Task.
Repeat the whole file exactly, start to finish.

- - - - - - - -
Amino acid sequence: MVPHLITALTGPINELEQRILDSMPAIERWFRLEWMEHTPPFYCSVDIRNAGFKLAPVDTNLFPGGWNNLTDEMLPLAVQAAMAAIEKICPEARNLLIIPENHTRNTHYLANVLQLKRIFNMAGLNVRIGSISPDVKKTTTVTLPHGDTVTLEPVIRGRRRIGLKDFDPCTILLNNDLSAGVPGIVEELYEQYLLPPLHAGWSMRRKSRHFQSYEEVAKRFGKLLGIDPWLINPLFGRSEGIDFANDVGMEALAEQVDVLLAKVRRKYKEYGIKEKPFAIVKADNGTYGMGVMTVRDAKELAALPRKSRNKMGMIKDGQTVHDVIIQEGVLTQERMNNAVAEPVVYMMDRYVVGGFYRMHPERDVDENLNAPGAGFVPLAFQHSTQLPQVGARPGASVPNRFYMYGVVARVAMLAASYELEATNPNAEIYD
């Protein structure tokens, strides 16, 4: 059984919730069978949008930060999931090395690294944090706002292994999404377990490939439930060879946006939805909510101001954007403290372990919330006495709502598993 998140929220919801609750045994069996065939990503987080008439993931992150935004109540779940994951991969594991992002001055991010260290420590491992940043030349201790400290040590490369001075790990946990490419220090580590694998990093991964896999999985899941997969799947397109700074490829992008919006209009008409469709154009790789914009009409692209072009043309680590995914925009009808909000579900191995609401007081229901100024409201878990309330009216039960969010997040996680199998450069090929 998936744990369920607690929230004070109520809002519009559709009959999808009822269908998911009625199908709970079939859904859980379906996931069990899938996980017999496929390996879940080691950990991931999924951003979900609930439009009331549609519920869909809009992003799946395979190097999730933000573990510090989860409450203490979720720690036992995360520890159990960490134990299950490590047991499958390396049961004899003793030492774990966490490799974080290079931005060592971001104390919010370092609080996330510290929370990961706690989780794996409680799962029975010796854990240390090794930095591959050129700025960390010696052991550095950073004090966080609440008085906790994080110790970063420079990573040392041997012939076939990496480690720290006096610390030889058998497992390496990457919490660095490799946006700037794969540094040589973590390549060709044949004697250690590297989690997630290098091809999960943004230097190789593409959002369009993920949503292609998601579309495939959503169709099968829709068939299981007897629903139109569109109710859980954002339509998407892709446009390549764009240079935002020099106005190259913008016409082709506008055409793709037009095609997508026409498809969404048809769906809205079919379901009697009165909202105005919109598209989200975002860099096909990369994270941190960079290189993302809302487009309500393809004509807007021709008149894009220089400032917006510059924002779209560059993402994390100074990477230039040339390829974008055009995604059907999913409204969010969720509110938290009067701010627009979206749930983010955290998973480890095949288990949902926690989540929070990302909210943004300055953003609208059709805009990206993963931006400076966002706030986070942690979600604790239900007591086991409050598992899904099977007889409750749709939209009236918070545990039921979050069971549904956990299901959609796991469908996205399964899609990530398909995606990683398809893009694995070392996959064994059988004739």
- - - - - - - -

Amino acid sequence: MVPHLITALTGPINELEQRILDSMPAIERWFRLEWMEHTPPFYCSVDIRNAGFKLAPVDTNLFPGGWNNLTDEMLPLAVQAAMAAIEKICPEARNLLIIPENHTRNTHYLANVLQLKRIFNMAGLNVRIGSISPDVKKTTTVTLPHGDTVTLEPVIRGRRRIGLKDFDPCTILLNNDLSAGVPGIVEELYEQYLLPPLHAGWSMRRKSRHFQSYEEVAKRFGKLLGIDPWLINPLFGRSEGIDFANDVGMEALAEQVDVLLAKVRRKYKEYGIKEKPFAIVKADNGTYGMGVMTVRDAKELAALPRKSRNKMGMIKDGQTVHDVIIQEGVLTQERMNNAVAEPVVYMMDRYVVGGFYRMHPERDVDENLNAPGAGFVPLAFQHSTQLPQVGARPGASVPNRFYMYGVVARVAMLAASYELEATNPNAEIYD
């Protein structure tokens, strides 16, 4: 059984919730069978949008930060999931090395690294944090706002292994999404377990490939439930060879946006939805909510101001954007403290372990919330006495709502598993 998140929220919801609750045994069996065939990503987080008439993931992150935004109540779940994951991969594991992002001055991010260290420590491992940043030349201790400290040590490369001075790990946990490419220090580590694998990093991964896999999985899941997969799947397109700074490829992008919006209009008409469709154009790789914009009409692209072009043309680590995914925009009808909000579900191995609401007081229901100024409201878990309330009216039960969010997040996680199998450069090929 998936744990369920607690929230004070109520809002519009559709009959999808009822269908998911009625199908709970079939859904859980379906996931069990899938996980017999496929390996879940080691950990991931999924951003979900609930439009009331549609519920869909809009992003799946395979190097999730933000573990510090989860409450203490979720720690036992995360520890159990960490134990299950490590047991499958390396049961004899003793030492774990966490490799974080290079931005060592971001104390919010370092609080996330510290929370990961706690989780794996409680799962029975010796854990240390090794930095591959050129700025960390010696052991550095950073004090966080609440008085906790994080110790970063420079990573040392041997012939076939990496480690720290006096610390030889058998497992390496990457919490660095490799946006700037794969540094040589973590390549060709044949004697250690590297989690997630290098091809999960943004230097190789593409959002369009993920949503292609998601579309495939959503169709099968829709068939299981007897629903139109569109109710859980954002339509998407892709446009390549764009240079935002020099106005190259913008016409082709506008055409793709037009095609997508026409498809969404048809769906809205079919379901009697009165909202105005919109598209989200975002860099096909990369994270941190960079290189993302809302487009309500393809004509807007021709008149894009220089400032917006510059924002779209560059993402994390100074990477230039040339390829974008055009995604059907999913409204969010969720509110938290009067701010627009979206749930983010955290998973480890095949288990949902926690989540929070990302909210943004300055953003609208059709805009990206993963931006400076966002706030986070942690979600604790239900007591086991409050598992899904099977007889409750749709939209009236918070545990039921979050069971549904956990299901959609796991469908996205399964899609990530398909995606990683398809893009694995070392996959064994059988004739």